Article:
Historical Mysteries Genre Study
June 5, 2012
The Silver Pigs by Lindsay Davis is the first in a 20 book series.
One thought it was obvious and unlikable main character. Another thought it was slow at the beginning and had mixed feelings about the main character. Another problem was one reader’s lack of familiarity of Ancient Rome that made the book harder to get into and enjoy. The history seemed right. One reader really enjoyed the witty humor. Later books reveal more about the family and this develops in the series. Would appeal to those from big families, great cast of supporting characters. The romance appealed to several readers. Noir voice in historical setting was appealing to some. Integrated historical details ran smoothly into the storyline.
Appeal: noir, cozy, historic setting, satisfactory pacing, sense of time and place, witty/ snarky dialog and banter, good descriptions, likable characters, humor
Which readers? Cozy readers, men, readers of Terry Pratchett, Dashiel Hammett, Phillip Marlowe
Summaries of second books:
Janet – Maisie Dobbs, post WWI, many damaged veterans, dark setting and tone, no romance, no humor, main character psychologist, unbelievable psychic abilities. Satisfying sense of place and time.
Appeals: dark, historical, psychological
Ben – Dragon School prequel in series, takes place in medieval Japan, several murders, hard to get into, uses modern feeling language and not a strong sense of place not because it was inaccurate but storyline did not depend on any cultural aspects of time period. Mysogeny/ unfair treatment of women that may have been historically accurate. Strong anti-Buddhist/anti-religious tone. Fairly simple language
Appeals: violent, simple and direct
Steven – Nevermore, Edgar Allen Poe is the protagonist and side-kick is Davy Crockett, Based on criticism of Poe on Crockett’s memoir. Brash characterization is hilarious, great Tim Burton movie, Poe is trembling throughout and Crockett is portrayed as simple. Gratuitous violence, tougue and cheek, Poe thought murderer was a spirit personification of himself
Appeals: Funny, violent, tongue and cheek
Faith – World’s Greatest Sleuth, 5th in series, Holmes on the range, Parody of several things, brothers who want to be cowboys, great use of language, World’s Fair? in Chicago, murder victim found in a huge vat of cheese
Appeals: Parody, ridiculous, Americana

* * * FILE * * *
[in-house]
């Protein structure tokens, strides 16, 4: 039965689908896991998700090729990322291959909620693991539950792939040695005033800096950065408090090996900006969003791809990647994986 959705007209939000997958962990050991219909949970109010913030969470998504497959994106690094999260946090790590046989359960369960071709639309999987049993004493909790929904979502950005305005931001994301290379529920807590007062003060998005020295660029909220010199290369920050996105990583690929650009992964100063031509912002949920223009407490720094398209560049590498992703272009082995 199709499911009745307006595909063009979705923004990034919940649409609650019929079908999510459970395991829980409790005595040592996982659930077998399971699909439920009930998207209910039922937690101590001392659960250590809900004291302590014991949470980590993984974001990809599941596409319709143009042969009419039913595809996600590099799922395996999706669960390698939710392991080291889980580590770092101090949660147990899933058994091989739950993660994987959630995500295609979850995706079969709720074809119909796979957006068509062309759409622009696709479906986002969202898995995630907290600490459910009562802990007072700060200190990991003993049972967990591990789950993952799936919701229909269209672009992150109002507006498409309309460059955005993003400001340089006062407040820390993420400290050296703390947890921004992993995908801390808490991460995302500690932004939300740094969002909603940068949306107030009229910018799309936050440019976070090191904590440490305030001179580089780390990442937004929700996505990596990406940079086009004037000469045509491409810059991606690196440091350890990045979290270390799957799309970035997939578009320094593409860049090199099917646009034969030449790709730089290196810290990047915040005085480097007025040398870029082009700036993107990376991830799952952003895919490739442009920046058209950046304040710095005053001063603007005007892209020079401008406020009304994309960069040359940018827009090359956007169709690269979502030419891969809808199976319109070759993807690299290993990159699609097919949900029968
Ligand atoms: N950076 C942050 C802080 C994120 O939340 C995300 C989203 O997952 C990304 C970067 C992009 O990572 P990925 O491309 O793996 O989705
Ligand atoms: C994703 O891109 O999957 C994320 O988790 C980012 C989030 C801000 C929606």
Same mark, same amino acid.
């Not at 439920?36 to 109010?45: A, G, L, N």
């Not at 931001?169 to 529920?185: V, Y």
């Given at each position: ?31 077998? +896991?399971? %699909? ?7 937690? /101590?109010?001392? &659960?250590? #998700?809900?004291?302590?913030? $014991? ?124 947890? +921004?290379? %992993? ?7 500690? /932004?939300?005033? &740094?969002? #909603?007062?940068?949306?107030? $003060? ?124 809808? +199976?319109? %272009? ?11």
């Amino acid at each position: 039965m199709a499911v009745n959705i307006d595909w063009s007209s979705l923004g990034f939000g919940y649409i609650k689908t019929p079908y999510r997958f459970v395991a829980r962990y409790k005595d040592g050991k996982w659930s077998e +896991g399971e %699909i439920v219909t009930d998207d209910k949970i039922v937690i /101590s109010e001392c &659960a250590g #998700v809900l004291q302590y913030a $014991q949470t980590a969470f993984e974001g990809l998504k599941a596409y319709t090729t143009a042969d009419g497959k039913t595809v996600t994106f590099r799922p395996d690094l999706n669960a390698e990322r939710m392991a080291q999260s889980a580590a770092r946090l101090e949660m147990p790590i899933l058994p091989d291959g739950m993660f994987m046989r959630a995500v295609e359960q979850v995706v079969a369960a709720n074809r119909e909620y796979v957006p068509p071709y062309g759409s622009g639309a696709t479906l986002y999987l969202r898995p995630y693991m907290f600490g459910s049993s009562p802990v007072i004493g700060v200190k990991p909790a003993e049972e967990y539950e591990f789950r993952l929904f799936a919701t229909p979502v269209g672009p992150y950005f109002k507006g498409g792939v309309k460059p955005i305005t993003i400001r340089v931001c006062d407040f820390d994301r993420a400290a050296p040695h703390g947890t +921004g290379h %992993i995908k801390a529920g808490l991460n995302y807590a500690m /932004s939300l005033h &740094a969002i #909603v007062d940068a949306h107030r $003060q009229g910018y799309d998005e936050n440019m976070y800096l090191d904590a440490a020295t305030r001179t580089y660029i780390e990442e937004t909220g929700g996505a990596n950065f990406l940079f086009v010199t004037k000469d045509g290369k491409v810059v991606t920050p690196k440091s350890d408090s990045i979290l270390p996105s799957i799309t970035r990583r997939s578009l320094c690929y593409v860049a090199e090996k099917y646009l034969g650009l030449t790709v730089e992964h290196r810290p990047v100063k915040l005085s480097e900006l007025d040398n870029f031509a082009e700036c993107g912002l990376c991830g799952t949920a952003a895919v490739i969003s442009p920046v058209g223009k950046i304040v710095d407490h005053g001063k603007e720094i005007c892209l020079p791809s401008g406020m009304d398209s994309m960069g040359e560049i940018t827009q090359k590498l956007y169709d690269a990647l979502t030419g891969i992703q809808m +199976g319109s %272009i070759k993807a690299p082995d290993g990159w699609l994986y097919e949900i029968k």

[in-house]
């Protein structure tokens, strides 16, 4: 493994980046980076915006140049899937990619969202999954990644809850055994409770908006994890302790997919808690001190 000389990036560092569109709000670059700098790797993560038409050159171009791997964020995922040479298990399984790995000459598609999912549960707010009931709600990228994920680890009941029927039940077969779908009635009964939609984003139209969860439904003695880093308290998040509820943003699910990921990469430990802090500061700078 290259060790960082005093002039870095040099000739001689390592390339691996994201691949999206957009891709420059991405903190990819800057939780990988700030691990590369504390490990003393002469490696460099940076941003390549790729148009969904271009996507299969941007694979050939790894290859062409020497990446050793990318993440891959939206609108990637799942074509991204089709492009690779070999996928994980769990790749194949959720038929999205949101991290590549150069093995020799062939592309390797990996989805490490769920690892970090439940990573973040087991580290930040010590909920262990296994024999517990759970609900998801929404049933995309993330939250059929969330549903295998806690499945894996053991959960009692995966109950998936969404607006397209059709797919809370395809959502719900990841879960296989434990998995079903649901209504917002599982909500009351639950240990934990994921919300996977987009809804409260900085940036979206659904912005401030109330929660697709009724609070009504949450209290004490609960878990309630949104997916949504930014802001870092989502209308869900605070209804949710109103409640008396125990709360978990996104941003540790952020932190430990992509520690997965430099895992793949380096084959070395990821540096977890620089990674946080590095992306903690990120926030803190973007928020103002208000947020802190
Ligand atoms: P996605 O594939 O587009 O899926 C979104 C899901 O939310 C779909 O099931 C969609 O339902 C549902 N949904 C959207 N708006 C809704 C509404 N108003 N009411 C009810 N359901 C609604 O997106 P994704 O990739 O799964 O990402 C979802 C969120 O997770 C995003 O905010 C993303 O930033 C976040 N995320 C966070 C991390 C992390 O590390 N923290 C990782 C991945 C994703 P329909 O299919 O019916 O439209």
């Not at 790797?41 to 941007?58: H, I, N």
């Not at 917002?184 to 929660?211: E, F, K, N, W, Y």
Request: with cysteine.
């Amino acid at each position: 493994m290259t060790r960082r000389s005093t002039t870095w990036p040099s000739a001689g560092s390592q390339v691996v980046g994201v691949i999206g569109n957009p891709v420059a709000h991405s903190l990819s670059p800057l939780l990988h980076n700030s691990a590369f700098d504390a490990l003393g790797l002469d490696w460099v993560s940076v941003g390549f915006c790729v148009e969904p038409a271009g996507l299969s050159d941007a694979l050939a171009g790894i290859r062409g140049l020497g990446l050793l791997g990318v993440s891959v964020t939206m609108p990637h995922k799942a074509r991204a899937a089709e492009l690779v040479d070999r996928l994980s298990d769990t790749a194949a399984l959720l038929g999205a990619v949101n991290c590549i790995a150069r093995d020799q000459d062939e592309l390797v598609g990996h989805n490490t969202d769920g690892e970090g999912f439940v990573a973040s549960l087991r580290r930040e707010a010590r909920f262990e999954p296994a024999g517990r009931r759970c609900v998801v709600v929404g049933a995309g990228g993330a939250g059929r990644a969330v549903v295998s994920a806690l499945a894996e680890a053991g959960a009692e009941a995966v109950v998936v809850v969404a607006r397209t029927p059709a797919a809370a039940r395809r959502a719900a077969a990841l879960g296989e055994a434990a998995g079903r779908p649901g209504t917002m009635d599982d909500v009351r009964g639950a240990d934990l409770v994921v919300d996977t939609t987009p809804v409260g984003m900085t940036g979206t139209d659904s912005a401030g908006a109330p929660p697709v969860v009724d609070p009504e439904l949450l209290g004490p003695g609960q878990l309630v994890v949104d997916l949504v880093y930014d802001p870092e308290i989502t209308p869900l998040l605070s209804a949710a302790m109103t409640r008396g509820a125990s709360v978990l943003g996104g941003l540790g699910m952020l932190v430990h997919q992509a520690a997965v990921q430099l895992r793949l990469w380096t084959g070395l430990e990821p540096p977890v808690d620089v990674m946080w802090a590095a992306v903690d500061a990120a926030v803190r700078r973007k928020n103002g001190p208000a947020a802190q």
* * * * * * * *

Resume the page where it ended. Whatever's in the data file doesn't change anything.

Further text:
Julie – Spice Box, some criticism is too cozy, end of civil war New York, 20 year old Irish orphan, good setting description and take on class dynamics, description of imperfect family, quick read, good historical details, includes recipes
Appeals: Historical, fast paced cozy, culinary
Frank – Dorothy Gilman, Polifax book – boring. Ellis Peters Cadfael interesting, monk who solves crimes in medieval England, Sherlockholmsian – solved by reason. Clever, clean, religious tension, herbalist, fun to try to solve mystery before Cadfael, gives reader a chance of finding out, great main character
Paula – Janicary Tree, end of Ottoman empire, murder takes place early in story and then several more, thin on the back story, takes place 10 years during the execution of Janicaries. Interesting to learn more about the time period and history, good main and secondary characterizations
Appeals: Historical, dark
Jason – Artic Marauder, graphic novel, 1889 in France and out to sea, setting is not important, steampunk elements, weak and improbable storyline
Appeals (or not): Well illustrated, unbelievable, mediocre
Molly – Cater Street Hangman by Anne Perry, first of large series, author convicted of murder in the 1950s (Heavenly Hijinks movies based on this case), popular author, London 1881, told from the perspective of a middle sister, strong and start female character, social and class issues, family intrigue, period details, Dickens side of London, strong main and secondary characters, bleak, atmospheric, rich period details
Appeals: Victorian, well-done characters, social conditions
Greatly depends on reader’s interest and author’s done a satisfactory/ accurate job of period detail, sub-genre with series based on historical figure as the main character (Jane Austen, Einstein, Roosevelt…) , another takes a fictional character (Holmes) and puts them in a different setting. Many in series. Not many police procedurals, many private or amateur detectives. Might be for readers who want to explore a time period without taking on a non-fiction. Can also cross over into biographies and histories.
Molly will hand out an anonymous reading profile from another member of the genre study. She handed out a sample profile for us to ponder and a Sarick’s article about the art of writing annotations (should make the book sound interesting and not give too much plot detail or the ending.) Molly recommended we use Novelist Plus as a starting place in writing the reader response.
Next time is private detectives and you have a choice of two titles from Robert Crais’s Elvis Cole’s series. The first being Monkey’s Raincoat or Sunset Express. Then choose a second private investigator (actually get paid to do this work.)